The FDA Just Approved the First Drug That Can Treat All Hepatitis C Strains in Just 8 Weeks
The Food and Drug Administration (FDA) approved the first-ever drug that can treat all six major strains of hepatitis C (or HCV) in just eight weeks on Thursday.
The approval of AbbVie’s Mavyret is bad news for competitors like biotech giant Gilead, whose hep C treatments are an integral part of its product portfolio. Gilead stock dropped 2% in Thursday trading while AbbVie shares gained modestly.
Gilead actually has its own “pan-genotype” hepatitis C medicine, Epclusa, which was approved last summer. That’s in addition to the drug maker’s blockbuster medications Sovaldi and Harvoni, which elicited major controversy over their steep prices despite their milestone statuses as the first true HCV cures to hit the market. (Sovaldi is one part of the drug combination that comprises Epclusa.)
Click here to subscribe to Brainstorm Health Daily, our brand new newsletter about health innovations.
But a growing field of competitors ranging from AbbVie (ABBV) to Merck (MRK) have put the squeeze on Gilead’s (GILD) dominance in the hepatitis C space.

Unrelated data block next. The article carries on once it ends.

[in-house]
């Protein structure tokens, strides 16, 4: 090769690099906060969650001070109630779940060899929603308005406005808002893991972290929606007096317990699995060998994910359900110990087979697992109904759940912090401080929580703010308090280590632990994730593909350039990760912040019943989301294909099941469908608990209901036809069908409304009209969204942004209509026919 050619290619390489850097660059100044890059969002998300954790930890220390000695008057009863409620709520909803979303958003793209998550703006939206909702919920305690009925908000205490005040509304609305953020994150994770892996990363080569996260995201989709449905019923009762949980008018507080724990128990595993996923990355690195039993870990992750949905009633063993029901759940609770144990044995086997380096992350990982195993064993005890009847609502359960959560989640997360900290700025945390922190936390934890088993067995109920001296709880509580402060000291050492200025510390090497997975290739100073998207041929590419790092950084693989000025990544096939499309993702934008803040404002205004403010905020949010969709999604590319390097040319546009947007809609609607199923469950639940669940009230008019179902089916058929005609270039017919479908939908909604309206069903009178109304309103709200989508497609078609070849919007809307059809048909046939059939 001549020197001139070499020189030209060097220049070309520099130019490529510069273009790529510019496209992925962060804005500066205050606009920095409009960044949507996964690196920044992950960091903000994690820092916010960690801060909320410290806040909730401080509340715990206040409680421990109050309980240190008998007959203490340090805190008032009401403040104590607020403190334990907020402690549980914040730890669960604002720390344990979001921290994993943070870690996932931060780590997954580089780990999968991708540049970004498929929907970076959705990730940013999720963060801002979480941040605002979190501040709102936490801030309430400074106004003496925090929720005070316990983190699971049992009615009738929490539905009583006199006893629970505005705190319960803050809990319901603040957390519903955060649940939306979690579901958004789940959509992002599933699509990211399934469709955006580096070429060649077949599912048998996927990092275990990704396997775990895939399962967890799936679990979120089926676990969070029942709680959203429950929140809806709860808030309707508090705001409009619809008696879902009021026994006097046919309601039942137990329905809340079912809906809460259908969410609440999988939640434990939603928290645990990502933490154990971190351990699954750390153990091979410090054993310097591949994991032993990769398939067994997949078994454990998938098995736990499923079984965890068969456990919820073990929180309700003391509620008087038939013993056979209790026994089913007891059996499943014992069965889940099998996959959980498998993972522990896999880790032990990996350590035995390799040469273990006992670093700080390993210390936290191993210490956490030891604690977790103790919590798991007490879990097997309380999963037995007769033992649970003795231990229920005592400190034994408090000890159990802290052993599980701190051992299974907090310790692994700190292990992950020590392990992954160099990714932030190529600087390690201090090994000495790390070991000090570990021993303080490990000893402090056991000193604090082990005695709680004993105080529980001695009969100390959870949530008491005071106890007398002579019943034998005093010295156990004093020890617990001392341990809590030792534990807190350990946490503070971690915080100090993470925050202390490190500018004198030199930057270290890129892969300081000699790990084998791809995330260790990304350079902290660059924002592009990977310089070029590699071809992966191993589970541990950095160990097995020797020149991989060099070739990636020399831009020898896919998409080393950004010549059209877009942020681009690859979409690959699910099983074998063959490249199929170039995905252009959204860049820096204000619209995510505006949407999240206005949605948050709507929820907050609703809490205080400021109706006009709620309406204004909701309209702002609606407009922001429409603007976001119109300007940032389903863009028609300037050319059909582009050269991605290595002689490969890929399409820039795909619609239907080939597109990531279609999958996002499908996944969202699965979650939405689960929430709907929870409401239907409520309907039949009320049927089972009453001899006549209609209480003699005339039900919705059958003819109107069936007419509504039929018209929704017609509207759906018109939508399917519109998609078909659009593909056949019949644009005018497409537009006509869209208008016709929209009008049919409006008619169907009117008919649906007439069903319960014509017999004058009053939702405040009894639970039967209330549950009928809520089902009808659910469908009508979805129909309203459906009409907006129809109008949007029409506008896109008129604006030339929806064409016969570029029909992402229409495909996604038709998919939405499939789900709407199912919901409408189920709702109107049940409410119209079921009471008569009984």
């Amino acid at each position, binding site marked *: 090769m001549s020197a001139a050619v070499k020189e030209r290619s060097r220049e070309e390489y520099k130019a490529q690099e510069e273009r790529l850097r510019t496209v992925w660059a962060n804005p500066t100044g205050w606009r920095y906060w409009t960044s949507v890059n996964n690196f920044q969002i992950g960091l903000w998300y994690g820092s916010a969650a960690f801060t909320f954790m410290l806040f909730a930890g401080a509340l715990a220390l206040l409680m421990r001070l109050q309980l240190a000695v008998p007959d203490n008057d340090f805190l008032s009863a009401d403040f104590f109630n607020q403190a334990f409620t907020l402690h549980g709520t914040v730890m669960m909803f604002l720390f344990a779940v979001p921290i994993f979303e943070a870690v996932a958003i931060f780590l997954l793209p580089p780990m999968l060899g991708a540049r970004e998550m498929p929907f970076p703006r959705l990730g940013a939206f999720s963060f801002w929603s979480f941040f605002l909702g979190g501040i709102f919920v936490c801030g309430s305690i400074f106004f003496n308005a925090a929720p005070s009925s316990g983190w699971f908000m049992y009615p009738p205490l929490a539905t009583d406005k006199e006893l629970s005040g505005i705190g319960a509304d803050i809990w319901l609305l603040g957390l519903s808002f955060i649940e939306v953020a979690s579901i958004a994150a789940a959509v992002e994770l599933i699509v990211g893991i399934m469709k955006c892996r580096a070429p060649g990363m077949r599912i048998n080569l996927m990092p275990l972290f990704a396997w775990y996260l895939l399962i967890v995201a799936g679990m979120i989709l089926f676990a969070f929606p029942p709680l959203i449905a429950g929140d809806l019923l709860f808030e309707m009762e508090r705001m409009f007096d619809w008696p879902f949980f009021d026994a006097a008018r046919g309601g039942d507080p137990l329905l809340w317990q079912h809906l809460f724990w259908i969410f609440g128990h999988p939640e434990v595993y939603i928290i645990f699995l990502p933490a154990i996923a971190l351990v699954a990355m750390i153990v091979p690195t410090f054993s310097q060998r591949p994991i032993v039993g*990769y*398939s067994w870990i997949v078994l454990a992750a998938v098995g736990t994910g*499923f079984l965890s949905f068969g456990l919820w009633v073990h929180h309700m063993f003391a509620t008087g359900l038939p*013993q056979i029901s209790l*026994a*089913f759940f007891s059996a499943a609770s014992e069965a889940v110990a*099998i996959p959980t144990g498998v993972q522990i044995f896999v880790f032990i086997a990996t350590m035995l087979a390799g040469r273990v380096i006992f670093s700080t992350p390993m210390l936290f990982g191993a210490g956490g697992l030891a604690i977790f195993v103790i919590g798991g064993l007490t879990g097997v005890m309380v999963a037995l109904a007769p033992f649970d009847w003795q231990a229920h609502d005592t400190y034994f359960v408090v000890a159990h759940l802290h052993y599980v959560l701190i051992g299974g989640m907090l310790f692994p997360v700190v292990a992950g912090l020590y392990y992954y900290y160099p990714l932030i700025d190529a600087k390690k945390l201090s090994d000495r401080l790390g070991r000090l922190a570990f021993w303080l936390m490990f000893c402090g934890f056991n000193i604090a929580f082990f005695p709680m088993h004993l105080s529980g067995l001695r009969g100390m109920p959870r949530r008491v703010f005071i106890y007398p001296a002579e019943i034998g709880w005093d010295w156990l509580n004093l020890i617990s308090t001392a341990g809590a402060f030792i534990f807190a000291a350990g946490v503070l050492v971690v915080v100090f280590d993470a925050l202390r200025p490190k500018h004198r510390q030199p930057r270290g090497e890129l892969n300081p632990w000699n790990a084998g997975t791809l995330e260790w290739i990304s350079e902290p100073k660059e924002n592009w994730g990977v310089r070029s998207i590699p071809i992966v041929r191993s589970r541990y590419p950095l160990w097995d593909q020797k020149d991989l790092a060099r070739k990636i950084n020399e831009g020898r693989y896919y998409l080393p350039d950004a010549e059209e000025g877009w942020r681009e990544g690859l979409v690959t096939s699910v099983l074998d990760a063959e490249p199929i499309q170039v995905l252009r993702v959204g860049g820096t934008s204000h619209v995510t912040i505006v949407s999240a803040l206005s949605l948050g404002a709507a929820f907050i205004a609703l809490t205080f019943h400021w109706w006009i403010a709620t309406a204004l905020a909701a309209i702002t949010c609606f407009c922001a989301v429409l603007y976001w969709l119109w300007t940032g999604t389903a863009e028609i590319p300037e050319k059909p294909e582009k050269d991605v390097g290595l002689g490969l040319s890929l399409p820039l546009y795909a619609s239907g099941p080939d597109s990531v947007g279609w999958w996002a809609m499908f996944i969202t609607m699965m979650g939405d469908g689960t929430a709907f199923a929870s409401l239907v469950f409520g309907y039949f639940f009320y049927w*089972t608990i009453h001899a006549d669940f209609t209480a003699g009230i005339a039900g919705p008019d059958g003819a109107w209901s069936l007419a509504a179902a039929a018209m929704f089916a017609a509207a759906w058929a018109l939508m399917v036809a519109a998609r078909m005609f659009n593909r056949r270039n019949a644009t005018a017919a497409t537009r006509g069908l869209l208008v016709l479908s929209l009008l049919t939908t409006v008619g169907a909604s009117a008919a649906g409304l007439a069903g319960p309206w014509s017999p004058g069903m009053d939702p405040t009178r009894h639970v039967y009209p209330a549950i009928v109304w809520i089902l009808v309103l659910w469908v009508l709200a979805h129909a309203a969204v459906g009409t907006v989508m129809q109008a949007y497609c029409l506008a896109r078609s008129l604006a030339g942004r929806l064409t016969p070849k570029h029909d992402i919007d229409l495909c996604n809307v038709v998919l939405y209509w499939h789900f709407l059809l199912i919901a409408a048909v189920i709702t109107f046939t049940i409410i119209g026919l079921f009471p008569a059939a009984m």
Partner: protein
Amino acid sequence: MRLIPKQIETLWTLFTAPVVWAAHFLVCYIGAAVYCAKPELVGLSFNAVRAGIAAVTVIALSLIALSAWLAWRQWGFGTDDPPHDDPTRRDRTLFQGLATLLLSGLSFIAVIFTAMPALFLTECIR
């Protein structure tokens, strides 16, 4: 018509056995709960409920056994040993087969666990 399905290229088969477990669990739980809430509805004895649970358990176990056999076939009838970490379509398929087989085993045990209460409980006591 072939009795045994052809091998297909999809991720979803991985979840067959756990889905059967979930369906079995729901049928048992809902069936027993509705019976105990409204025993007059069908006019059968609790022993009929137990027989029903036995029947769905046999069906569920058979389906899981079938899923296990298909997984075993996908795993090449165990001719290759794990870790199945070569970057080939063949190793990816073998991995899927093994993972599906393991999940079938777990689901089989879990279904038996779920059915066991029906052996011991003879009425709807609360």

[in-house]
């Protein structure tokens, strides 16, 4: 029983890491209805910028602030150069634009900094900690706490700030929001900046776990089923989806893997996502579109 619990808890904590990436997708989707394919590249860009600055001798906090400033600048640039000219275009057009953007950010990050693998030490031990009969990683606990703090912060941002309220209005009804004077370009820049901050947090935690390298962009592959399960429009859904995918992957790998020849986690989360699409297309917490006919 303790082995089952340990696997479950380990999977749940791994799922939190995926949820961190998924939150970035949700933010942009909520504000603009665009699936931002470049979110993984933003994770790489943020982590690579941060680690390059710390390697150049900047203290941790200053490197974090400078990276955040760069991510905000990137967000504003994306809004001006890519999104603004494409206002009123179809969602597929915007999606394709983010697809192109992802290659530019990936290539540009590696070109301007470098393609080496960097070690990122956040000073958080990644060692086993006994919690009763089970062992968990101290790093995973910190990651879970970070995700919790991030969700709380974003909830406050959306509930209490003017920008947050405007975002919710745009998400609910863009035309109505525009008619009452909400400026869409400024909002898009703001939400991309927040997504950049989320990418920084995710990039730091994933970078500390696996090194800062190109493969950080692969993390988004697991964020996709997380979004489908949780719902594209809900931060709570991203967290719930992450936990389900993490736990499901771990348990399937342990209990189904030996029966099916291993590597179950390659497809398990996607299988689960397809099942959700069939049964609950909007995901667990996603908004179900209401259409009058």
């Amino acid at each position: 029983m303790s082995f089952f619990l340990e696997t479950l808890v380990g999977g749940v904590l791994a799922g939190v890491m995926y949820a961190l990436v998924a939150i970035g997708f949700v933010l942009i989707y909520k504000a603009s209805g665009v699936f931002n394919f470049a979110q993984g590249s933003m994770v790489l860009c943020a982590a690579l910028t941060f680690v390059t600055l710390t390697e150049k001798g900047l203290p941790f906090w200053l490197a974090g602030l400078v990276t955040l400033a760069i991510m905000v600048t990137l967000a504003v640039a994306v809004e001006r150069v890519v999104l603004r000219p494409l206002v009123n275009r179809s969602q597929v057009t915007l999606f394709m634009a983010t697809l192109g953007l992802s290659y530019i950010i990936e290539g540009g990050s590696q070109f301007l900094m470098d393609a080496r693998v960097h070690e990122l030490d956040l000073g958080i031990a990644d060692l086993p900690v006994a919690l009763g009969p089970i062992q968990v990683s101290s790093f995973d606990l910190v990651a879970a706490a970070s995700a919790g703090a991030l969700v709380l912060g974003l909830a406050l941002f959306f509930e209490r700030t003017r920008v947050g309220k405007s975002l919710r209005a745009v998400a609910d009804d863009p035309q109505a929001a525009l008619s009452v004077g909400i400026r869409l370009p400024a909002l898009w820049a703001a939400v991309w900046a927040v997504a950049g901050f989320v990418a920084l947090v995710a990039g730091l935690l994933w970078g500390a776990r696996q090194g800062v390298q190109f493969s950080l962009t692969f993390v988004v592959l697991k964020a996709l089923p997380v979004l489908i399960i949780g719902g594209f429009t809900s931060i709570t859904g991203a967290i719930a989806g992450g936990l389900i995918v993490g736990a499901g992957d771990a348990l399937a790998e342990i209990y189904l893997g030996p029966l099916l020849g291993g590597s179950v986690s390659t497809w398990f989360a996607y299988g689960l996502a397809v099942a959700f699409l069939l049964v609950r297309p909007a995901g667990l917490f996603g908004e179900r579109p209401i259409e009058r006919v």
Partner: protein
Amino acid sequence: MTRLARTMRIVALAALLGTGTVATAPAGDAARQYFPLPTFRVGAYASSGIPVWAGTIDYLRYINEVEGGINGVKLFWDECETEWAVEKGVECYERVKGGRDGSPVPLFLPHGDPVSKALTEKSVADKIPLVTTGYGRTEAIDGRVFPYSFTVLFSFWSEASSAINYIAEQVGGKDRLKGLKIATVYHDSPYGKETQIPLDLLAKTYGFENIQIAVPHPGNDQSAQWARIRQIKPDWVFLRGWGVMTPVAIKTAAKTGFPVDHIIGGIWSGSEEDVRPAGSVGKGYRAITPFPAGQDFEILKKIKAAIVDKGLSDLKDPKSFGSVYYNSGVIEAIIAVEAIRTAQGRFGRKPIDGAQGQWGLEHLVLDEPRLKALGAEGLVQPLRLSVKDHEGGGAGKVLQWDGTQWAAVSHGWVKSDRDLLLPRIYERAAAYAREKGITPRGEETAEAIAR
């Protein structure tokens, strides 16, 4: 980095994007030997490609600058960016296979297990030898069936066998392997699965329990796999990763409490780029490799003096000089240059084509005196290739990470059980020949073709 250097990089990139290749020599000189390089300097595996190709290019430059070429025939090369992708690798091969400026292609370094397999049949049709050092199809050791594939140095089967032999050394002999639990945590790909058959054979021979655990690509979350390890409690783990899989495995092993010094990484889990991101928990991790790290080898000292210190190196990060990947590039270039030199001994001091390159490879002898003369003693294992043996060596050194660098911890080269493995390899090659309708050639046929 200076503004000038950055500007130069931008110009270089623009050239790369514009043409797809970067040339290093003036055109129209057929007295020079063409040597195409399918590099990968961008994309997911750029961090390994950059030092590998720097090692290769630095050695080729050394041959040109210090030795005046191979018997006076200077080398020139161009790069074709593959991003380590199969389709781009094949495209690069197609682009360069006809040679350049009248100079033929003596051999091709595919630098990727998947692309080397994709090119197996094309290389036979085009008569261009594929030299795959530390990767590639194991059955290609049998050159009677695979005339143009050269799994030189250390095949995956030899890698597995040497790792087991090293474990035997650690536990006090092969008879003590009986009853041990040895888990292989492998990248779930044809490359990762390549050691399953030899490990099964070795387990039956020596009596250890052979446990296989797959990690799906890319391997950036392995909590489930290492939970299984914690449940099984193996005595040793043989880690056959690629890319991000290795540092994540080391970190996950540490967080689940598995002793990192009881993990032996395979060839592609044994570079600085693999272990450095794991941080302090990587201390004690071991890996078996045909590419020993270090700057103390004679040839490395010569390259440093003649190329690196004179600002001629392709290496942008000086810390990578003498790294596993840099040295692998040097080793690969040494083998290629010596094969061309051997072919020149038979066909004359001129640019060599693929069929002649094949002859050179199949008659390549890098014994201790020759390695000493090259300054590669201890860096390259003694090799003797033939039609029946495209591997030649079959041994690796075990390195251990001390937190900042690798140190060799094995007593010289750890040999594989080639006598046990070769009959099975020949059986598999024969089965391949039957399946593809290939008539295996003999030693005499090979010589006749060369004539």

Some of these companies have managed to undercut Gilead on price; others, like AbbVie with its new approval, have come through with an advantage on dosing. Epclusa requires 12 weeks of treatment compared to Mavyret’s eight. The latter therapy can also provide a new option for patients struggling with the most prevalent hep C form in America, according to the FDA.
“This approval provides a shorter treatment duration for many patients, and also a treatment option for certain patients with genotype 1 infection, the most common HCV genotype in the United States, who were not successfully treated with other direct-acting antiviral treatments in the past,” the FDA’s Dr. Edward Cox in a statement Thursday.
Gilead claimed an unexpected victory in its most recent earnings report from a bump in its hepatitis C franchise. But, at the time, analysts warned that continued competition in both hepatitis C and HIV treatments—the two major Gilead mainstays—would continue to dog the firm going forward.